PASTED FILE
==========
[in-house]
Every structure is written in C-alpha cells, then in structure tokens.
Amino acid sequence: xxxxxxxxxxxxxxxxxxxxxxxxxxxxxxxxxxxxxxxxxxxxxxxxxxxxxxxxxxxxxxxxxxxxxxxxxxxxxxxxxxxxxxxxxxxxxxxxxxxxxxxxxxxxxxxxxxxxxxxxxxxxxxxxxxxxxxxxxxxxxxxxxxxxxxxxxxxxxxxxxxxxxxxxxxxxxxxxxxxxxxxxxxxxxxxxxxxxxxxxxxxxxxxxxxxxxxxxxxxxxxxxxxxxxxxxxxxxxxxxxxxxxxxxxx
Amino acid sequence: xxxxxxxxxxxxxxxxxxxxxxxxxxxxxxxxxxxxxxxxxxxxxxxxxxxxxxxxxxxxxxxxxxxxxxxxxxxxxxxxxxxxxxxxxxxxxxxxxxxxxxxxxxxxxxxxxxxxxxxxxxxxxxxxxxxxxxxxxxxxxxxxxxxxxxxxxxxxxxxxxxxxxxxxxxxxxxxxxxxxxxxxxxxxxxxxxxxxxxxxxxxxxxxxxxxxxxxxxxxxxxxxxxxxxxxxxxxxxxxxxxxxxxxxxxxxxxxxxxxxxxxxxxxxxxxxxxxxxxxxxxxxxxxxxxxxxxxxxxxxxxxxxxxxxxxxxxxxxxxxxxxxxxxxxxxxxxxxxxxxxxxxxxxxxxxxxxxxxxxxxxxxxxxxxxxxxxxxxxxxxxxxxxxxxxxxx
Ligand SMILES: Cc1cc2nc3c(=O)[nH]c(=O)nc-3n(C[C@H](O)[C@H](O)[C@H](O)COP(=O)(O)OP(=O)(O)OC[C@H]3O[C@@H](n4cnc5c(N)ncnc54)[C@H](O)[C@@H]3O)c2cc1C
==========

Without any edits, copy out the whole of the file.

[in-house]
Every structure is written in C-alpha cells, then in structure tokens.
Amino acid sequence: xxxxxxxxxxxxxxxxxxxxxxxxxxxxxxxxxxxxxxxxxxxxxxxxxxxxxxxxxxxxxxxxxxxxxxxxxxxxxxxxxxxxxxxxxxxxxxxxxxxxxxxxxxxxxxxxxxxxxxxxxxxxxxxxxxxxxxxxxxxxxxxxxxxxxxxxxxxxxxxxxxxxxxxxxxxxxxxxxxxxxxxxxxxxxxxxxxxxxxxxxxxxxxxxxxxxxxxxxxxxxxxxxxxxxxxxxxxxxxxxxxxxxxxxxx
Amino acid sequence: xxxxxxxxxxxxxxxxxxxxxxxxxxxxxxxxxxxxxxxxxxxxxxxxxxxxxxxxxxxxxxxxxxxxxxxxxxxxxxxxxxxxxxxxxxxxxxxxxxxxxxxxxxxxxxxxxxxxxxxxxxxxxxxxxxxxxxxxxxxxxxxxxxxxxxxxxxxxxxxxxxxxxxxxxxxxxxxxxxxxxxxxxxxxxxxxxxxxxxxxxxxxxxxxxxxxxxxxxxxxxxxxxxxxxxxxxxxxxxxxxxxxxxxxxxxxxxxxxxxxxxxxxxxxxxxxxxxxxxxxxxxxxxxxxxxxxxxxxxxxxxxxxxxxxxxxxxxxxxxxxxxxxxxxxxxxxxxxxxxxxxxxxxxxxxxxxxxxxxxxxxxxxxxxxxxxxxxxxxxxxxxxxxxxxxxxx
Ligand SMILES: Cc1cc2nc3c(=O)[nH]c(=O)nc-3n(C[C@H](O)[C@H](O)[C@H](O)COP(=O)(O)OP(=O)(O)OC[C@H]3O[C@@H](n4cnc5c(N)ncnc54)[C@H](O)[C@@H]3O)c2cc1C